Stephen Pak

Associate Professor of Pediatrics

    • Source: Scopus
    19962020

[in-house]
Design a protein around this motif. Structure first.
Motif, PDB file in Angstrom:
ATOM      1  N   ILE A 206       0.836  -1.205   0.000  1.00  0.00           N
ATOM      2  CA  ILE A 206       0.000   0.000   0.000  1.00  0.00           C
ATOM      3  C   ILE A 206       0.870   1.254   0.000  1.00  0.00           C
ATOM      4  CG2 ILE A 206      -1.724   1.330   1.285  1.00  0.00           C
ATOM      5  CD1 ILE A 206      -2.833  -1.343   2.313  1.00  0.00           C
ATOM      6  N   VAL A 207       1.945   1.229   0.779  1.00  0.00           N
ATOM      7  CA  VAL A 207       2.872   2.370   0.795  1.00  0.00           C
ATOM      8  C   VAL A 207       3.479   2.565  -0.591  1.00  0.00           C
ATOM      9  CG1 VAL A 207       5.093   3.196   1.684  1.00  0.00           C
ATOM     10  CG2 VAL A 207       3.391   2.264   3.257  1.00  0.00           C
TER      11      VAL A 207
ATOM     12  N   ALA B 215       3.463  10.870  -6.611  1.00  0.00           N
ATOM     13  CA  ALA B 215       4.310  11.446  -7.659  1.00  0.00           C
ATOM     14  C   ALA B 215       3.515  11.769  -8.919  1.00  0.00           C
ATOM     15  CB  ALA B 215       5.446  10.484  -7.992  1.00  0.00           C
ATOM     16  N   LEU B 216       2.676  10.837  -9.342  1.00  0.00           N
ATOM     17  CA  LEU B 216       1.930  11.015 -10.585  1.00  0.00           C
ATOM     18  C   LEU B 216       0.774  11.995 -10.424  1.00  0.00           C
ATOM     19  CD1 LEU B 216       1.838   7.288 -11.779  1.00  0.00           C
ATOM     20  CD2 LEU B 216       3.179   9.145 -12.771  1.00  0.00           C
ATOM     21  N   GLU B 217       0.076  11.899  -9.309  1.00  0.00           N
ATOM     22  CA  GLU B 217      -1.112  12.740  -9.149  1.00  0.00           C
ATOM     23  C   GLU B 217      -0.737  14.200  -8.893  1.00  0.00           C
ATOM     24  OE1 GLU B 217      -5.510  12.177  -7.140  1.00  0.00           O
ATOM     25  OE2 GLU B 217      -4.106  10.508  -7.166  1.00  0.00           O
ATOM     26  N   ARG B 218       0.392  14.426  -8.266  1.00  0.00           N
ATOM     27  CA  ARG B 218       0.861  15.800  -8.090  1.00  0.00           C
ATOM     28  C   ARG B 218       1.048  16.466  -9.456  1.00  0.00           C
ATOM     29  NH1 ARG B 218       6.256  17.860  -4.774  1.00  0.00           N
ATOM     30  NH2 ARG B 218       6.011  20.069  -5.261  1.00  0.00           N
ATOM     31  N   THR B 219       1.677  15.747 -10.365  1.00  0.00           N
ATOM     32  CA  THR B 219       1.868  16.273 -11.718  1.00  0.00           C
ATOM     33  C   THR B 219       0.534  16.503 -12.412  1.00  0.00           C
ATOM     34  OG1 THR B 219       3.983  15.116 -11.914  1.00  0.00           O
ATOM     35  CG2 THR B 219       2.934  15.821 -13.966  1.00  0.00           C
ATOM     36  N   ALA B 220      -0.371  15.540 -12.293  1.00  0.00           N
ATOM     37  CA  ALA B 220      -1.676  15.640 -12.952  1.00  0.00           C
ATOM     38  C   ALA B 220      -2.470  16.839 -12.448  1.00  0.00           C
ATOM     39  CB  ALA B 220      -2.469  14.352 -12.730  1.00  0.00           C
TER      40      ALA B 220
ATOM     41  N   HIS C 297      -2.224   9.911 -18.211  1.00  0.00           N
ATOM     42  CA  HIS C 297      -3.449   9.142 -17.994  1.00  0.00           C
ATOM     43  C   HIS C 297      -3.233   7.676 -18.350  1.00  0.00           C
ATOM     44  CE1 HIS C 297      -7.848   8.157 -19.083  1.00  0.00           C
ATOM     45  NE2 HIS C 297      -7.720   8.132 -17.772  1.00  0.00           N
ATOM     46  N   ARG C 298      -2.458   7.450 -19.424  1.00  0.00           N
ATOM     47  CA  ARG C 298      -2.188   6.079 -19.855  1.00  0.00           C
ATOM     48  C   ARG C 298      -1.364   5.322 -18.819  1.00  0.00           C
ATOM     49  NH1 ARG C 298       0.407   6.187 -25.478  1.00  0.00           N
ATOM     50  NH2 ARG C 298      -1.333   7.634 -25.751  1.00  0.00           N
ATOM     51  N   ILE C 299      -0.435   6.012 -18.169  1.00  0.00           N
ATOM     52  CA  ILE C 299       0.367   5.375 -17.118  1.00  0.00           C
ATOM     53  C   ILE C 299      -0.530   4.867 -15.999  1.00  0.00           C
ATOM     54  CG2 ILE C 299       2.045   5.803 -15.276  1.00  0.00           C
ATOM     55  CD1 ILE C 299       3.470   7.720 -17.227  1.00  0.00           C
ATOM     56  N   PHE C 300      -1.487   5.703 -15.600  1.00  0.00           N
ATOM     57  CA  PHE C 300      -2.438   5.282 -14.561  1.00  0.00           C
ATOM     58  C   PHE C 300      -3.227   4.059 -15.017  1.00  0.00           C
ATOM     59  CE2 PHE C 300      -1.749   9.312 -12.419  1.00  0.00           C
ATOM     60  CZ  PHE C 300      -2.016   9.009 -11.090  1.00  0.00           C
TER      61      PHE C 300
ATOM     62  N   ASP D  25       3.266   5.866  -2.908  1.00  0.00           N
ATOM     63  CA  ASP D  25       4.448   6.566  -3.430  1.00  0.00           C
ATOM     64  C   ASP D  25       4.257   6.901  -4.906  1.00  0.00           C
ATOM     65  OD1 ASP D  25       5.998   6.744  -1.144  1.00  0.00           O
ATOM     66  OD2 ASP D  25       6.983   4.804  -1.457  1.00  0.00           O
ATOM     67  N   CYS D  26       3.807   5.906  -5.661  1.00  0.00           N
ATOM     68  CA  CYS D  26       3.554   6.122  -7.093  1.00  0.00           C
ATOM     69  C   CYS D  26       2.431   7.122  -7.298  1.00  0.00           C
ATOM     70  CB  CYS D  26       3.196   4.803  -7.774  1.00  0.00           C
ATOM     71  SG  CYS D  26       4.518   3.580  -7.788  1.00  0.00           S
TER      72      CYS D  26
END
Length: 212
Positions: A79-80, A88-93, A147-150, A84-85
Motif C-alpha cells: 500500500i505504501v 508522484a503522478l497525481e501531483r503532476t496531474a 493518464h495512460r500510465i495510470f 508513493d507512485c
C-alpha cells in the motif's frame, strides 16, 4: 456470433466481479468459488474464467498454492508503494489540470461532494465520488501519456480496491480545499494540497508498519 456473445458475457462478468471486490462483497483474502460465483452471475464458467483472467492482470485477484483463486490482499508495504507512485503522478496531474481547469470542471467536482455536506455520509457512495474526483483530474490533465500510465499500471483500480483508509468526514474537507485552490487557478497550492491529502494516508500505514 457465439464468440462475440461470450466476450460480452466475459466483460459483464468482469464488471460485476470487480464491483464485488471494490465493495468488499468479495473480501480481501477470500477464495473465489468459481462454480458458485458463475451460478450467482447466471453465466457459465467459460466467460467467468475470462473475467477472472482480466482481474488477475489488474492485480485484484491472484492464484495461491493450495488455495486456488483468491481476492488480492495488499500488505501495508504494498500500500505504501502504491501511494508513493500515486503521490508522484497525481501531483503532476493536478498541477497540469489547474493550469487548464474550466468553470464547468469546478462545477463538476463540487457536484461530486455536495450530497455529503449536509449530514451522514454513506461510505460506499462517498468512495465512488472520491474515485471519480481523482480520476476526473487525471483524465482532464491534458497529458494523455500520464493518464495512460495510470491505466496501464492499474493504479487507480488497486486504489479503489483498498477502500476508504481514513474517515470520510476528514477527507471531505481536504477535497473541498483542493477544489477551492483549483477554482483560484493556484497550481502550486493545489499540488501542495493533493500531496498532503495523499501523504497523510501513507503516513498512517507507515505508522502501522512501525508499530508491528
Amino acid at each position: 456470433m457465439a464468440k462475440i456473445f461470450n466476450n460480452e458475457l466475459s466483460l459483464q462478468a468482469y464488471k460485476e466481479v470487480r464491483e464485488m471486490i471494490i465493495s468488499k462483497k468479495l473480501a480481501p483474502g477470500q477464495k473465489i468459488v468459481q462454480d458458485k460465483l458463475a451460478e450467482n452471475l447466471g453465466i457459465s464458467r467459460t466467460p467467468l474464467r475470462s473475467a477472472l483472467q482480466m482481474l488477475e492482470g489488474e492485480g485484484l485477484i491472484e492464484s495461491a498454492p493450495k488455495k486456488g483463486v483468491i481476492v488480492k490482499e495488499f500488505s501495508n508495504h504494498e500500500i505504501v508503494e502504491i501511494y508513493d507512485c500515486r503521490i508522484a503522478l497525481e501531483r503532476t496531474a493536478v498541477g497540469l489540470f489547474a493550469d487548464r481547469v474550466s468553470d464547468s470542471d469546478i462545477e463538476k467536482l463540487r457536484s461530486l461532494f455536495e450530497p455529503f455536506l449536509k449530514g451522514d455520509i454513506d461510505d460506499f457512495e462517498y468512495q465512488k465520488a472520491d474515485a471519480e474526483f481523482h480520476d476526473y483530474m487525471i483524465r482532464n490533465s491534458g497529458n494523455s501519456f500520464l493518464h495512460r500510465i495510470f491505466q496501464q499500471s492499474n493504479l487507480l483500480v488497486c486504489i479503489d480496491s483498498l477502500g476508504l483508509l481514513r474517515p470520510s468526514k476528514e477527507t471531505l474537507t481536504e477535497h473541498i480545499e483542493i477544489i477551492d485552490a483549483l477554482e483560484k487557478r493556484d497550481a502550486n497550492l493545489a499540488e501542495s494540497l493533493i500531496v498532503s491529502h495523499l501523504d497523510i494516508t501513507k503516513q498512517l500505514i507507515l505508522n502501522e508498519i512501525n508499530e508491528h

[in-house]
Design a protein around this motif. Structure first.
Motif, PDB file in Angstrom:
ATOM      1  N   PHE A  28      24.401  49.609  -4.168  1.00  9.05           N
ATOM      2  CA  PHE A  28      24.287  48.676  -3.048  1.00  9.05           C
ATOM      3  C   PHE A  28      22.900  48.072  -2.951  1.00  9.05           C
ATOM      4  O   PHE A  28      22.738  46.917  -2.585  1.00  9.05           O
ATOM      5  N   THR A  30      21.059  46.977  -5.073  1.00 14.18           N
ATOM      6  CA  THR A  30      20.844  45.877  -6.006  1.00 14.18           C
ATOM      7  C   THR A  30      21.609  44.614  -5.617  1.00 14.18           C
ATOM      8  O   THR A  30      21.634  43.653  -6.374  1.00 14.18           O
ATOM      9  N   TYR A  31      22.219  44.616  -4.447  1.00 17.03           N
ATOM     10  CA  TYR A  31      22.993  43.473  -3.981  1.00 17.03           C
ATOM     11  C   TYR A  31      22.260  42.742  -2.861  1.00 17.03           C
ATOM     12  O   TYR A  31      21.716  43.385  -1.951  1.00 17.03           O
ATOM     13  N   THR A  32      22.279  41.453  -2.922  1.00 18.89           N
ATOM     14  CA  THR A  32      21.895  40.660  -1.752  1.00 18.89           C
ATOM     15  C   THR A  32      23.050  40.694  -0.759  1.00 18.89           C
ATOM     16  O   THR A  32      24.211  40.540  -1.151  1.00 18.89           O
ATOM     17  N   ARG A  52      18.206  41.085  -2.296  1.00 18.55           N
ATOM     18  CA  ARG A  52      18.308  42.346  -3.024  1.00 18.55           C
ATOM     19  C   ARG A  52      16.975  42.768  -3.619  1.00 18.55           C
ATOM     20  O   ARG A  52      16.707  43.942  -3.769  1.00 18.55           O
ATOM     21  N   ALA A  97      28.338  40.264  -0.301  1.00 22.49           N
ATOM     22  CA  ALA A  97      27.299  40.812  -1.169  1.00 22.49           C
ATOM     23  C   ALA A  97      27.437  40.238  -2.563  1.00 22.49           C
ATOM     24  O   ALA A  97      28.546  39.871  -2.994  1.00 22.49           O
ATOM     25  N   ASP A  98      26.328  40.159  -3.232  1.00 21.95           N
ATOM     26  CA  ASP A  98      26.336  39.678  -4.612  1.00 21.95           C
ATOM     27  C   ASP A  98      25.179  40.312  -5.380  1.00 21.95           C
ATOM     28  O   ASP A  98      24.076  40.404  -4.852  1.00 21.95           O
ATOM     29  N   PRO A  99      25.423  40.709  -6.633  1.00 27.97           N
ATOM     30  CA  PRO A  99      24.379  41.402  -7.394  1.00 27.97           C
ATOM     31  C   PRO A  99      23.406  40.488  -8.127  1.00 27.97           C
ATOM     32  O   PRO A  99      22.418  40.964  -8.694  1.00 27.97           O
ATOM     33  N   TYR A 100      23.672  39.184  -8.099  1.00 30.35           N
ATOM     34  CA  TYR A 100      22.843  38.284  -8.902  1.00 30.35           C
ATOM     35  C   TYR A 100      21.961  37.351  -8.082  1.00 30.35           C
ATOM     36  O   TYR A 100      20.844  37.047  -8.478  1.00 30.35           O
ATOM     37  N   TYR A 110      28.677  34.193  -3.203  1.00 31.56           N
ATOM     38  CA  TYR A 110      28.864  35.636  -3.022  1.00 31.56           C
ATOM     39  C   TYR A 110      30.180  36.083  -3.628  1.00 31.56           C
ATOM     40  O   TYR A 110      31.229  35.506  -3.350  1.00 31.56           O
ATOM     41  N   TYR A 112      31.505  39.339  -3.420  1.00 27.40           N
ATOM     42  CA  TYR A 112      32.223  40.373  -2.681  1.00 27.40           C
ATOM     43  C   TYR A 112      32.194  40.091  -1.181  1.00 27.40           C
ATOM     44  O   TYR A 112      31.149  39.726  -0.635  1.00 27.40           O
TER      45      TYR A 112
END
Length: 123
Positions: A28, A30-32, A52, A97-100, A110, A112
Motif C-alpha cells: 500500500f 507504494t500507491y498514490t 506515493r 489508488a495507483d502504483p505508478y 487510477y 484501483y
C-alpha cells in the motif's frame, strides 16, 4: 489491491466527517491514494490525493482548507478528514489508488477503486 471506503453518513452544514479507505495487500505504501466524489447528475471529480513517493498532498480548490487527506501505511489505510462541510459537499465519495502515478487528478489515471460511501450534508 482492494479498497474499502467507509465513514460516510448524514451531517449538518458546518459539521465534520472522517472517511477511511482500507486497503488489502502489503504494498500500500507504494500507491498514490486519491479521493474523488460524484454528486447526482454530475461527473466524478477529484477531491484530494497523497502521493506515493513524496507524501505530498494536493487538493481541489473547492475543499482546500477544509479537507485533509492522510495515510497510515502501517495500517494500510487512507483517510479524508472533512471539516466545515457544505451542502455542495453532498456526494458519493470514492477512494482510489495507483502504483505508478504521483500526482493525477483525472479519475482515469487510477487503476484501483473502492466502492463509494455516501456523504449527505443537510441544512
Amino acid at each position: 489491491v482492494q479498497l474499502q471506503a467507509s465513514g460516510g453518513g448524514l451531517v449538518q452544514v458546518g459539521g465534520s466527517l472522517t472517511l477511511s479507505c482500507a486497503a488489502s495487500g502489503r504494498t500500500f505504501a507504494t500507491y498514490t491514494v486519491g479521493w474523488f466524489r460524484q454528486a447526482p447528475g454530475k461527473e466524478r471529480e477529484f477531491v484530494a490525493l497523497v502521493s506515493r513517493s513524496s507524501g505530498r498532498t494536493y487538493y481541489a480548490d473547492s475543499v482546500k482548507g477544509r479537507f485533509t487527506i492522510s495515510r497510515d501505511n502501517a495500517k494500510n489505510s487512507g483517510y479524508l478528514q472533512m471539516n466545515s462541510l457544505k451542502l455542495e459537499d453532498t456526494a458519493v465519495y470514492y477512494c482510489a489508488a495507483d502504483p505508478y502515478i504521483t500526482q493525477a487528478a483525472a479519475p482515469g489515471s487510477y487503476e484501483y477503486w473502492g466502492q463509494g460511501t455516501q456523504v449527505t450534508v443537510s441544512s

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    Protein homeostasis or proteostasis is a highly complex and interconnected pathway that regulates the fate of a protein by controlling its biogenesis, folding, trafficking and degradation. Maintenance of proper cellular proteostasis is crucial for ensuring normal development, healthy aging and resistance to environmental stresses. Excessive accumulation of misfolded proteins can disrupt proteostasis and is the cause of many diseases including Alzheimer’s disease, Huntington’s disease and Parkinson’s disease. The cellular mechanisms that are triggered to cope with misfolded proteins are complex and vary depending on the nature of the misfolded protein, its subcellular localization, and the protein degradation pathways employed. A global understanding of the cellular responses could enable the development of novel therapeutic strategies that restore proteostasis and normal health. My current research is focused on modeling protein aggregation disorders in C. elegans and employing innovative, high-throughput strategies to 1) gain a comprehensive understanding of the genetic mechanisms that underlie the disease, and 2) identify therapeutic compounds.

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